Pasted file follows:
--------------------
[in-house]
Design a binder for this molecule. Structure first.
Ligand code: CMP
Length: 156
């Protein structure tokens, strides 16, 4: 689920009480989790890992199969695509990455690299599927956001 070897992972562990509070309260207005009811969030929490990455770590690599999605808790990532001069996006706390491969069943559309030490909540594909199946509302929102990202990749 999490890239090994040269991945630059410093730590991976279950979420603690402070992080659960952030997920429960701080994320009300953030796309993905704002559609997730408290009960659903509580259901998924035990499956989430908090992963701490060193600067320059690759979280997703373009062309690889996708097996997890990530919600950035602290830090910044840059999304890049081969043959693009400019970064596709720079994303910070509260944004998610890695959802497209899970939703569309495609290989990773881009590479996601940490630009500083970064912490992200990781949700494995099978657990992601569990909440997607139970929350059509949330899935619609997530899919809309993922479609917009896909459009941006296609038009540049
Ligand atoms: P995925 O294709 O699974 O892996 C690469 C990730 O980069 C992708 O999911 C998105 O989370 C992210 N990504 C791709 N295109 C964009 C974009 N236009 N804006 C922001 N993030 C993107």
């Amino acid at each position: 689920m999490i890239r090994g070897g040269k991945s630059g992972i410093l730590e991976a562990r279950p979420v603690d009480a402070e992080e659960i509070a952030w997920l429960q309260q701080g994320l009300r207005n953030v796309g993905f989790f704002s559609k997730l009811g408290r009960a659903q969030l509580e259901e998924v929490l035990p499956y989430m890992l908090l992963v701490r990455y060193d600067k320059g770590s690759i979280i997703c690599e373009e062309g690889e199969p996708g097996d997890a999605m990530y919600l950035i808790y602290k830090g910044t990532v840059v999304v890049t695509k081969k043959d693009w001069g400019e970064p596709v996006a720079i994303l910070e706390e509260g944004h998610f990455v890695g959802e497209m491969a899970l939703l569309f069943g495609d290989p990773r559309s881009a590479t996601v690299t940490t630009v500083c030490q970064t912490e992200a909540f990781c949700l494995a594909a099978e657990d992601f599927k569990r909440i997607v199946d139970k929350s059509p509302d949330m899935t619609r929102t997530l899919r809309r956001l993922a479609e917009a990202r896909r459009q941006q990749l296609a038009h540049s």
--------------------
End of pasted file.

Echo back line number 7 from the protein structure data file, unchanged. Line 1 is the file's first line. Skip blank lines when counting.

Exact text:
């Amino acid at each position: 689920m999490i890239r090994g070897g040269k991945s630059g992972i410093l730590e991976a562990r279950p979420v603690d009480a402070e992080e659960i509070a952030w997920l429960q309260q701080g994320l009300r207005n953030v796309g993905f989790f704002s559609k997730l009811g408290r009960a659903q969030l509580e259901e998924v929490l035990p499956y989430m890992l908090l992963v701490r990455y060193d600067k320059g770590s690759i979280i997703c690599e373009e062309g690889e199969p996708g097996d997890a999605m990530y919600l950035i808790y602290k830090g910044t990532v840059v999304v890049t695509k081969k043959d693009w001069g400019e970064p596709v996006a720079i994303l910070e706390e509260g944004h998610f990455v890695g959802e497209m491969a899970l939703l569309f069943g495609d290989p990773r559309s881009a590479t996601v690299t940490t630009v500083c030490q970064t912490e992200a909540f990781c949700l494995a594909a099978e657990d992601f599927k569990r909440i997607v199946d139970k929350s059509p509302d949330m899935t619609r929102t997530l899919r809309r956001l993922a479609e917009a990202r896909r459009q941006q990749l296609a038009h540049s």